In my practice, I have seen that the same kids who always look up to the theater and other art forms can actually be turned off by the corporate world. I have talked to several parents who give their kids a private art school or class and are dismayed when they discover how expensive it is!
Visual art (or visual and performing arts) involves the visual skills of drawing, painting, sculpting, photography, dancing, and acting. The classes are usually short, some up to four hours, but many of the classes have as much as two days devoted to lessons.
Because of their flexibility, many courses can be taken in varying lengths of time and at short or long terms. In order to take part in visual and performing arts classes, the student must be registered at a college or university. The different levels of lessons are:
A low-level state school, which means that this kind of education is not typically considered the first choice for the first-time student. Students of this type of art tend to be more interested in talking to the person they are talking to, than in creative tasks.
Typically, you can get in to a high-level university for visual arts and still be considered a part-time student.
And this type of art tends to be less expensive and often less time consuming than some of the other kinds of arts. The type of art and courses needed to attend a university or college for visual arts tend to be very specific.
Most of the visual arts programs require students to already have at least a basic knowledge of:
- drawing methods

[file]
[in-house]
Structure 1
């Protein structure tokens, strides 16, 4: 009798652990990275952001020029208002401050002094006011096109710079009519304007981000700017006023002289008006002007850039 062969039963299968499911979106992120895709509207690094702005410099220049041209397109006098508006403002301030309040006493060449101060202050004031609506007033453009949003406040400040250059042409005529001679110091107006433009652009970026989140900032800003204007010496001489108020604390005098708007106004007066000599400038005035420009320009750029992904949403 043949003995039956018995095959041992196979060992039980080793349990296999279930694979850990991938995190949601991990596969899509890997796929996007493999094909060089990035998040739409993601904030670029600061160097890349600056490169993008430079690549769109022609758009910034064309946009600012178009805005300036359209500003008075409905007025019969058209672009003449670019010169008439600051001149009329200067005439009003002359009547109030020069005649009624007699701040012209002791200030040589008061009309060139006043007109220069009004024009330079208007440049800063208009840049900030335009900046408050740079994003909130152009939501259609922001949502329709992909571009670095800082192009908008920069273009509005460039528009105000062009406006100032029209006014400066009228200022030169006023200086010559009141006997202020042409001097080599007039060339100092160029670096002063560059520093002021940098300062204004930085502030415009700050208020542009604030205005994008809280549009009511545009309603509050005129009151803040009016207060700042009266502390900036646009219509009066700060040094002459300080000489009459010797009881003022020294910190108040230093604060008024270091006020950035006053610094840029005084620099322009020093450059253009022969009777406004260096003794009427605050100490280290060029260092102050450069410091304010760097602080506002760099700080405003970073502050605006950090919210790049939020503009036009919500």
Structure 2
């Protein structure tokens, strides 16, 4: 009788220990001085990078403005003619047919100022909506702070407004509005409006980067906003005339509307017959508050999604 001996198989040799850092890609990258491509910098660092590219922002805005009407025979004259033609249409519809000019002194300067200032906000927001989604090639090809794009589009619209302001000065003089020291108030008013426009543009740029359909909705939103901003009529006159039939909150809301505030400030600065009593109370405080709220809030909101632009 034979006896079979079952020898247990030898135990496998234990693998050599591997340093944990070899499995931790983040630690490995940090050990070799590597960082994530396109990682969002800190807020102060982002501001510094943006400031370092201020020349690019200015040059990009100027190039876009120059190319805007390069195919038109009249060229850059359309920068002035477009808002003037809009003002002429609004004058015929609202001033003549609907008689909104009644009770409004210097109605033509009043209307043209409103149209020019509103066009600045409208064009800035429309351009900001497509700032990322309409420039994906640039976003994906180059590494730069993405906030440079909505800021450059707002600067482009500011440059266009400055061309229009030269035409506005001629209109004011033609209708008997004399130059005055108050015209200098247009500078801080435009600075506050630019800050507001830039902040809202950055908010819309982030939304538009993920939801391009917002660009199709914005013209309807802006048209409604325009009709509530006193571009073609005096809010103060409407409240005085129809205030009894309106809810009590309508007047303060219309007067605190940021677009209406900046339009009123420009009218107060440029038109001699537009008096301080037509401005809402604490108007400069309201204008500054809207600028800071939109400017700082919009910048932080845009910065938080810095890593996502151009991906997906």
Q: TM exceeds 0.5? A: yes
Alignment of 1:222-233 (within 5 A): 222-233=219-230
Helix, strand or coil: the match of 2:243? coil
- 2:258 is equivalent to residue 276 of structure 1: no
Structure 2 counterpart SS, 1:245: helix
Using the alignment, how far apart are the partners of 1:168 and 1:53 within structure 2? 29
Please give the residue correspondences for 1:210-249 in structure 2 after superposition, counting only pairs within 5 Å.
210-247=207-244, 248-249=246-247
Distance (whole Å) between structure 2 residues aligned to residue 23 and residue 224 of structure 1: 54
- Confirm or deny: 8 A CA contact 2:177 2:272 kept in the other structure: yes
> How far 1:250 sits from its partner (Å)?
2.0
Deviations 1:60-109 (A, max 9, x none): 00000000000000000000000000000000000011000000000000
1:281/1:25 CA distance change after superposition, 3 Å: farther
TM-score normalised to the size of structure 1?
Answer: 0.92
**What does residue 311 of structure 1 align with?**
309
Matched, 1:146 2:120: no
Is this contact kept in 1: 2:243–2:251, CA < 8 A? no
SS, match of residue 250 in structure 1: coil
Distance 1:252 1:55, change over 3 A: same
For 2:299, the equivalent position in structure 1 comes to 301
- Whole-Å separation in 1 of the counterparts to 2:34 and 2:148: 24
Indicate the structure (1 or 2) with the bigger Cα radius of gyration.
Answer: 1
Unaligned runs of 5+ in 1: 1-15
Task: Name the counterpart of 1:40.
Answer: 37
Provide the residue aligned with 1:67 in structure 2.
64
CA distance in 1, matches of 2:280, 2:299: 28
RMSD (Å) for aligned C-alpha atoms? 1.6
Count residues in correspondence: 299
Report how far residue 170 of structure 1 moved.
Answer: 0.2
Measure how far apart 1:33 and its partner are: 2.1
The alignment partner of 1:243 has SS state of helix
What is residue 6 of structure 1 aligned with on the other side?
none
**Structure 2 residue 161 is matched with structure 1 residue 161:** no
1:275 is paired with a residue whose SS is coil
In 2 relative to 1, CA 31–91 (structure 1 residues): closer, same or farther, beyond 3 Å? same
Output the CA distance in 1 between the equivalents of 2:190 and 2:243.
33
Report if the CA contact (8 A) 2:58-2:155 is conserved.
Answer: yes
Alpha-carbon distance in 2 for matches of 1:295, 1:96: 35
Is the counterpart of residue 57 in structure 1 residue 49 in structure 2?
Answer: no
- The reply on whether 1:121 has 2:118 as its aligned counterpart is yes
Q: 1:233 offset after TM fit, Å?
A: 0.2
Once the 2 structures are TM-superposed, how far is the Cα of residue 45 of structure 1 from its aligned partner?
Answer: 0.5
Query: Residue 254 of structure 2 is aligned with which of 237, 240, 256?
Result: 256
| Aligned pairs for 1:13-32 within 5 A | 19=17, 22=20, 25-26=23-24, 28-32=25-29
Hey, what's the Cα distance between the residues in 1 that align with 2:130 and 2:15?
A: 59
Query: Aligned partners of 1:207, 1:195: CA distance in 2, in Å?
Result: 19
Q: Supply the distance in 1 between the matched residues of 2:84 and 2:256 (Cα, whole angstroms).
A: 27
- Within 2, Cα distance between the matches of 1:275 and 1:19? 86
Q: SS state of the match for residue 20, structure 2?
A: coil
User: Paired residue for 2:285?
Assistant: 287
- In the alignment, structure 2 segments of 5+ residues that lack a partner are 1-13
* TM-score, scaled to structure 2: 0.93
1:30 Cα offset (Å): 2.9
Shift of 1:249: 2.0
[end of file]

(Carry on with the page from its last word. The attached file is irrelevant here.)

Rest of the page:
- understanding colors
- and of course, having a good eye.
You should know that there is a long history behind this type of art form, starting with Chinese writings about what we call “Nomadic paintings” around 300 BC. These were simple “stick drawings,” and they were used to teach children about their environment and how to survive in it. Nomadic paintings are now used to illustrate a lot of ancient cultures, including Native American painting.
In recent academic study, studies have shown that art instructors of all types of art groups find that “reading” or drawing does not help students develop their artistic skills. But there are some visual and performing arts courses that encourage “reading” instead of “drawing.” Such classes require students to bring a pencil and paper and often to hand-write their compositions.
Writing is important for all kinds of art, and this is an excellent technique to learn for visual and performing arts.
Writing is especially useful for reciting poetry, as well as poetry readings and for creating a work of art. Visual and performing arts require participants to be aware of various visual elements and to be able to describe the action in words. The primary skill required in this type of art is the ability to describe an image with clarity and to use words, like a story, that people understand.
Visual and performing arts involve a great deal of movement and physicality, because a good visual artist often has the ability to “think” about and describe movement. Learning how to communicate with words allows artists to become better performers and to improve their skills.
Visual and performing arts require a great deal of creative thinking. If you have an interest in art but have not had a chance to pursue an art degree, you might consider taking one of the visual and performing arts courses offered through the university.